Nickel for detectors

Can Metal Detectors Detect NICKEL?

Can Metal Detectors Detect Nickel

When you fall in love with something, especially if it is a hobby, you just can’t stop asking all possible questions about it. That’s exactly what has happened to me with Metal Detecting …

… Indeed, every single time I see a metallic object, I am wondering whether metal detectors have the ability to detect it or not?! Actually, I’ve asked that question about Nickel before! I’ve come up with some answers that I would love to share with you in this short Post…

So, can metal detector detect nickel? Nickel is not as good as silver or copper when it comes to electrical conductivity, yet it has enough to be detected by metal detectors. So, when a metal detector generates electromagnetic field any target made from nickel will trigger electric current. Consequently, your device will be able to see it accurately.

As a detecting fan, understanding all sorts of metals that you may find is highly important. Thus, you will always have an initial idea about any metal, if detectable or not, and how easy it is to detect it …

In addition, I will share with you some sweet hacks to easily identify Nickel Targets, plus how you should clean them properly. I will also add a suggestion of a decent device that you can use if you wish to find much more valuable objects made from this metal …

Best Nickel Metal Detector …

Minelab Equinox 800

There are 2 challenges that generally face you while trying to find nickel targets:

  • Digging lot of trash: as it is generally found between junk metals.
  • Depth: chances are nickel targets are found pretty deep underground.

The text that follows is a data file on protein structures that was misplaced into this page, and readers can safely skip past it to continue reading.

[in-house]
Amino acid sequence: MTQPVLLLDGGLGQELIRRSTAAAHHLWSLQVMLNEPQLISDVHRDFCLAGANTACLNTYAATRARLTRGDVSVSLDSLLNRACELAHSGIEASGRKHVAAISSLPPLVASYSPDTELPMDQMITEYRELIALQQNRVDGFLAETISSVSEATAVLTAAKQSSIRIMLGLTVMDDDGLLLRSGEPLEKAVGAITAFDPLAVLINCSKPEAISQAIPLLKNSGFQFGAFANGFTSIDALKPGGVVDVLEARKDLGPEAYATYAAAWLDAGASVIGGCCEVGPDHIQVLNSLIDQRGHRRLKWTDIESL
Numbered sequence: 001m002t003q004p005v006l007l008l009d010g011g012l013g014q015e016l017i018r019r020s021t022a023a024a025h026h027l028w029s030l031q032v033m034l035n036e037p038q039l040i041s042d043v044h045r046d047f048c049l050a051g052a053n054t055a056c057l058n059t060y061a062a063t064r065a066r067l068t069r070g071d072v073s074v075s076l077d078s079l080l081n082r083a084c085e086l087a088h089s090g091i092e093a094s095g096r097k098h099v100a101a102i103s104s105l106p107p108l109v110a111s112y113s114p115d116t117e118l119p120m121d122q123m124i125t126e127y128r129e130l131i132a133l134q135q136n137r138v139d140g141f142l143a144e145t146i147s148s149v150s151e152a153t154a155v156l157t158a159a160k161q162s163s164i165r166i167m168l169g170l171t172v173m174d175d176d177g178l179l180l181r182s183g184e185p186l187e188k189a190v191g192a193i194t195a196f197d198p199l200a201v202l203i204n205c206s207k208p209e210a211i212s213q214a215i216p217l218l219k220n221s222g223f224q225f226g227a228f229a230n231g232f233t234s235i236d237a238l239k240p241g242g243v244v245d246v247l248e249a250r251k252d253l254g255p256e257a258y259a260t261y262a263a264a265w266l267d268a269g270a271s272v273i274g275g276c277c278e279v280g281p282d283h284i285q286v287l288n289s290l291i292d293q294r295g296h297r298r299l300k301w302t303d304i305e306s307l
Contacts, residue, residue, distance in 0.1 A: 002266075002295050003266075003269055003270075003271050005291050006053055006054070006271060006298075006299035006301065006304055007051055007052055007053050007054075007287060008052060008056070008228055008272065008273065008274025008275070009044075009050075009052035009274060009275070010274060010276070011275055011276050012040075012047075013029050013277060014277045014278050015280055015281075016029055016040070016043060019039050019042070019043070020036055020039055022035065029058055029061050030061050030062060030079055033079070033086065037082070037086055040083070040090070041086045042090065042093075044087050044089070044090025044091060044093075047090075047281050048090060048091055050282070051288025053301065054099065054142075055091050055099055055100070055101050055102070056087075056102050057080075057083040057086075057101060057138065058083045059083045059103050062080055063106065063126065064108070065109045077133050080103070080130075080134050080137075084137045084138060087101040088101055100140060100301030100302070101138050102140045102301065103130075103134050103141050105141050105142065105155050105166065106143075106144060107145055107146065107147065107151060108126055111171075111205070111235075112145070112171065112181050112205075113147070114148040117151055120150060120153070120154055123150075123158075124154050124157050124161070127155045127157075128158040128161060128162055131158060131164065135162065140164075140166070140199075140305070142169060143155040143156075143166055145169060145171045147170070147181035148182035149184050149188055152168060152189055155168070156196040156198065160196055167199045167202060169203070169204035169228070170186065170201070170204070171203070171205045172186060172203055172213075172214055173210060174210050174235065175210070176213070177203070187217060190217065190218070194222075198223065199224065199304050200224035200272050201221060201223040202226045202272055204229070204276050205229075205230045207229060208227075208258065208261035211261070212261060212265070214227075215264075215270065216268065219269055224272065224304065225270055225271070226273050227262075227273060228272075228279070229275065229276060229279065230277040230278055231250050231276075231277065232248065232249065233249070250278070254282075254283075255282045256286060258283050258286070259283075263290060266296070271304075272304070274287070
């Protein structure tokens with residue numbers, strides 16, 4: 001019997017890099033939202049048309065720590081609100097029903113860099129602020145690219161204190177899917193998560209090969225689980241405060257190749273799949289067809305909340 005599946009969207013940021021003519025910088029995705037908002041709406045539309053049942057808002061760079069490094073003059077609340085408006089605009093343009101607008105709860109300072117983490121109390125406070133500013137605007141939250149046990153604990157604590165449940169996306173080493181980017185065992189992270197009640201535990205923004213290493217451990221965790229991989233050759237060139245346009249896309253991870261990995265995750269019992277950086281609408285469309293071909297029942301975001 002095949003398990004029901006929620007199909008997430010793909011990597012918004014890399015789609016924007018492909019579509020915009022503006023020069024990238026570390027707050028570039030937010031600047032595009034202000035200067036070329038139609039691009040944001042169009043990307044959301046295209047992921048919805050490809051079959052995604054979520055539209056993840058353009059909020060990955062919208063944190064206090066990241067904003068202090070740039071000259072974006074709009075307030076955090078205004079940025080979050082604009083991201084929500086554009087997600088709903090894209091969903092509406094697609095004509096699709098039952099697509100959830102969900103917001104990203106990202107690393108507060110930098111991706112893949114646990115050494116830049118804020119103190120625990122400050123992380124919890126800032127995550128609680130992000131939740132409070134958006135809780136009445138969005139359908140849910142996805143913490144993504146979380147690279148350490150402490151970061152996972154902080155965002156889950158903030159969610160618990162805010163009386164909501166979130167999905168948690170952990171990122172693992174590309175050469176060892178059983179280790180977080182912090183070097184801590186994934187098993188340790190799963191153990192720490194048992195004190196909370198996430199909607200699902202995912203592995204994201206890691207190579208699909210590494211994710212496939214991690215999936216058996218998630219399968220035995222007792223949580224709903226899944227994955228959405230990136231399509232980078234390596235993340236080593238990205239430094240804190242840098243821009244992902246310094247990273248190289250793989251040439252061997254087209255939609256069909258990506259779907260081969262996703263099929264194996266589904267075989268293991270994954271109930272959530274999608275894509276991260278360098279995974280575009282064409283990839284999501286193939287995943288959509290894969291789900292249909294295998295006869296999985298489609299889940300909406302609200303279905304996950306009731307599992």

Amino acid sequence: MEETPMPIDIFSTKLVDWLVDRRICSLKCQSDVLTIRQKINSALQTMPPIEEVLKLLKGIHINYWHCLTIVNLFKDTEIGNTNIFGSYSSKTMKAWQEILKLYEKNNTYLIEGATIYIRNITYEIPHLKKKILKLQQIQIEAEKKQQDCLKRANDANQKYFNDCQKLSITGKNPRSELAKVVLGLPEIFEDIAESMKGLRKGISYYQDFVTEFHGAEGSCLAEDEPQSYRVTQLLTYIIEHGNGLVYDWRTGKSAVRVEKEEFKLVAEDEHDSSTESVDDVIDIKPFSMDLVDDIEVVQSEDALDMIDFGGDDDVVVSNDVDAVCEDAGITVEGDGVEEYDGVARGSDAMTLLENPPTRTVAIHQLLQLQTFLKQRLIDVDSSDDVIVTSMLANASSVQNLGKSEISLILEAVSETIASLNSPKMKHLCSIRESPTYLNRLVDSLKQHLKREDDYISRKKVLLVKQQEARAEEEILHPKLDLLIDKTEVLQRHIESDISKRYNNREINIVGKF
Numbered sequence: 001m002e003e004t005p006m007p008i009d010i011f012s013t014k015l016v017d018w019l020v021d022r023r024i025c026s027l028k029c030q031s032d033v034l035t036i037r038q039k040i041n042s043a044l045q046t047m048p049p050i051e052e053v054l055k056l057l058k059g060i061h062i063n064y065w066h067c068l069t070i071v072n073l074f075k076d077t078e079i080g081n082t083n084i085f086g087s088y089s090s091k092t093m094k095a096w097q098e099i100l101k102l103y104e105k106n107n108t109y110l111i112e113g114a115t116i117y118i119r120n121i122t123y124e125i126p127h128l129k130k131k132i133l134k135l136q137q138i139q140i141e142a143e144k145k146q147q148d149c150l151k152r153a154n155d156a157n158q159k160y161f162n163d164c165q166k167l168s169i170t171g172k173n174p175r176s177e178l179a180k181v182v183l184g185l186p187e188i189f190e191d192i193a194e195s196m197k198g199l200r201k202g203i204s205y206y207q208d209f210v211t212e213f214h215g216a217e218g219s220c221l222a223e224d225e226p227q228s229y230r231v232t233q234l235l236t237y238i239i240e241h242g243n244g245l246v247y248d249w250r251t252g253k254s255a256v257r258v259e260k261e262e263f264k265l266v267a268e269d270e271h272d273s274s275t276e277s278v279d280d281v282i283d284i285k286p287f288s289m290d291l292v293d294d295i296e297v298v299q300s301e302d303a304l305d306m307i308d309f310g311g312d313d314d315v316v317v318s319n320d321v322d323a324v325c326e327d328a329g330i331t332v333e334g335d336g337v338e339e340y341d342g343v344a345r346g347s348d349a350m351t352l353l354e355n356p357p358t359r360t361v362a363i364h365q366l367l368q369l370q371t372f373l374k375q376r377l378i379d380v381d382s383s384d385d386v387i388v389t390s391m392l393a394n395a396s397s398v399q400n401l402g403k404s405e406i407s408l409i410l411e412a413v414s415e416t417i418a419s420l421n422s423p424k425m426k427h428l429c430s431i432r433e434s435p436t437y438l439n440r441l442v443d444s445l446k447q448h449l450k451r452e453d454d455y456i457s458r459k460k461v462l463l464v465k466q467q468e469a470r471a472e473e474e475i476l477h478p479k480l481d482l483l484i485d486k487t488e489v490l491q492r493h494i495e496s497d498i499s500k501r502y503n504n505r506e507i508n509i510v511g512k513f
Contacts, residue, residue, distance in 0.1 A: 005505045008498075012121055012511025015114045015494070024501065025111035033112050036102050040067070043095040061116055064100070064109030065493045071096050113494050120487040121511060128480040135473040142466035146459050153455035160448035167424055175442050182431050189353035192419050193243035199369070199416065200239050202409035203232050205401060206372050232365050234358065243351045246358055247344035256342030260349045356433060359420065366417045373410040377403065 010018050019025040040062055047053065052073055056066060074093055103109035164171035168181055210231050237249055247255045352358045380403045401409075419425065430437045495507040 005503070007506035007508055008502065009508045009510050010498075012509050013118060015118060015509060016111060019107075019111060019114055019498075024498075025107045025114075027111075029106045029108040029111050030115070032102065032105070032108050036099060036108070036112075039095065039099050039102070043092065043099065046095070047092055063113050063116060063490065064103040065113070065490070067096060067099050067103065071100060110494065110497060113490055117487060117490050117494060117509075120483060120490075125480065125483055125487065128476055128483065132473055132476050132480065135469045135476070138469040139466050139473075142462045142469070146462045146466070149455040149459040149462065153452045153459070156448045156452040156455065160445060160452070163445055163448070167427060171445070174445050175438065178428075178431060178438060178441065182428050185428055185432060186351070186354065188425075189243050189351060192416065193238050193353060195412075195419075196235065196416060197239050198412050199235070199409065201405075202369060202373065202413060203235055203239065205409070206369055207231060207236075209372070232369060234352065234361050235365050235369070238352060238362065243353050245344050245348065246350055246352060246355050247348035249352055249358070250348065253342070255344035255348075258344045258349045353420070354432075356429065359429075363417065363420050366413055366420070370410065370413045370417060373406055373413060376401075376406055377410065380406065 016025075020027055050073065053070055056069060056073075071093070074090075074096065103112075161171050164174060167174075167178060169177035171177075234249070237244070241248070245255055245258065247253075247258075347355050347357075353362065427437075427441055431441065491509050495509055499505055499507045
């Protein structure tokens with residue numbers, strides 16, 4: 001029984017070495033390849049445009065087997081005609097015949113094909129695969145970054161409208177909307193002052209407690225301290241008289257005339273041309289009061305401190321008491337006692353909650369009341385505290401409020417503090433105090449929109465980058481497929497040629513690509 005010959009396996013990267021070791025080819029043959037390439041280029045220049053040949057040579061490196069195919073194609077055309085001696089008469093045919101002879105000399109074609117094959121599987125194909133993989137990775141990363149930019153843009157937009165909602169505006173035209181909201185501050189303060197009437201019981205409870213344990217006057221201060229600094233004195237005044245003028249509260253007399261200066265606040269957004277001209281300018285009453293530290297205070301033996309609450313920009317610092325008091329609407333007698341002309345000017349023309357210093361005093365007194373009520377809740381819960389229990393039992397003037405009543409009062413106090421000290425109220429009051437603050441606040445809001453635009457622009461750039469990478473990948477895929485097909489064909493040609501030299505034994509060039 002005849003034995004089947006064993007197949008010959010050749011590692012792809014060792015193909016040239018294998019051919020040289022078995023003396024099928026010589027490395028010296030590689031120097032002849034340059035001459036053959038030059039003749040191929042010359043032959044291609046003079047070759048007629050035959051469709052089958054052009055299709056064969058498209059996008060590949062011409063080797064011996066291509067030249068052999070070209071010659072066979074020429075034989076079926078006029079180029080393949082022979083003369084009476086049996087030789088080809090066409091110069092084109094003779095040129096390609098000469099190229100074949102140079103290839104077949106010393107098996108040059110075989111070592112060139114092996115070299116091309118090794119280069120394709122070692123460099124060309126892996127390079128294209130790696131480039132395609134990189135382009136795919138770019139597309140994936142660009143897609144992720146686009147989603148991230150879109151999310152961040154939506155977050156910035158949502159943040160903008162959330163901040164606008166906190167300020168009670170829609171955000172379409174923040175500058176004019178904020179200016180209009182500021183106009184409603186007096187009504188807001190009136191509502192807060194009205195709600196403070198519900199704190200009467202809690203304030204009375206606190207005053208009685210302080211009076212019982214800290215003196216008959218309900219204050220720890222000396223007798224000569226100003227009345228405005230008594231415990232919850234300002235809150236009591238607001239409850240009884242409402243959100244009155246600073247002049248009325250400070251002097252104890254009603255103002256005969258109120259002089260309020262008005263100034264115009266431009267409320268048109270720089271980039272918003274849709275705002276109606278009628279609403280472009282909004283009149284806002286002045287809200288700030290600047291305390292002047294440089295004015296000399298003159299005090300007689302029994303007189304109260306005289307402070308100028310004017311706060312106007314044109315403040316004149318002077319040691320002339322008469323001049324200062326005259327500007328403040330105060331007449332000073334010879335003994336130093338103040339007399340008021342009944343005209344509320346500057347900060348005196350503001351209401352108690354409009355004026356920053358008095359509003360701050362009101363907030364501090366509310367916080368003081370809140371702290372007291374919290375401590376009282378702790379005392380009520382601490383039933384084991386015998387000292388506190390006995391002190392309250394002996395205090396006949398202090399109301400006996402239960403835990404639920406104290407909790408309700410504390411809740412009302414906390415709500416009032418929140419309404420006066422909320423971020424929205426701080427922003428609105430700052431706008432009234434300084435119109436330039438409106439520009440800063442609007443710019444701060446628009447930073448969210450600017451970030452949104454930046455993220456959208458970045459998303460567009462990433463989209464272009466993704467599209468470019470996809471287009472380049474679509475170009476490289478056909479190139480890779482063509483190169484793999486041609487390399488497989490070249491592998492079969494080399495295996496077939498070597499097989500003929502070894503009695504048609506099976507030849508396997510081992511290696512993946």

That’s why, you will need a machine that will help you when it comes to these 2 aspects!

There are obviously many examples, but the one that I like the most is Minelab Equinox 800 (Check its current Price Here on Amazon!). If you’ve ever had a machine before that you’ve already have used in your backyard. Then, after buying or renting the Minelab 800, you should definitely use it once again in your backyard.

Chances are, you will find things (coins or probably a lost ring …) that your old device didn’t see. Indeed, this machine has the ability to operate on unusually higher depth …

The tones are pretty solid and accurate in a way each time you hear one it gives you the confidence to start digging. This accuracy is consolidated with the pinpoint mode it has on it.

Minelab 800 represents (is even considered as the face of) the new generation of metal detectors. The software used for this machine is seriously powerful and represents a real revolution…

If you are used to new technologies in general, this machine won’t represent a challenging learning curve for you.

The detecting depth could easily reach 14 inches underground! This is adapted for all sorts of coins including those made from nickel …

This device has other interesting features:

  • Waterproof up to 10 feet. Thus could be adapted for underwater metal detecting.
  • Has good ground balance.
  • Pretty light in terms of weight. Doesn’t exceed 3 pounds.
  • Already equipped with wireless headphones.
  • You can plug in it wired headphones if you want to.

How to identify Nickel metal?

After using your machine for few times, you will soon find out that identifying metals and finds in general is a crucial skill that you should learn about. Of course a huge part of that skill will come naturally after months of practice. Yet, it is interesting to know the general principles …

Try to consider some of these tips to be able to identify nickel:

  • Use a nickel test paper: apply it to your object and compare the resulting color with the chart not only to know whether it is nickel or not. But, also to know how pure it is …
  • Try to recognize it with the color: Nickel has a silver color with a little golden tinge. It is not that hard to recognize it.
  • Use a nickel alert: by dropping it in some cotton or in a cotton swap, you can rub it on the object for 20 seconds or so. If the cotton turns to purple, pink or even red this means that nickel is present.

Want to learn more about identifying detection finds? Then check out this helpful article!

How to clean Nickel Finds?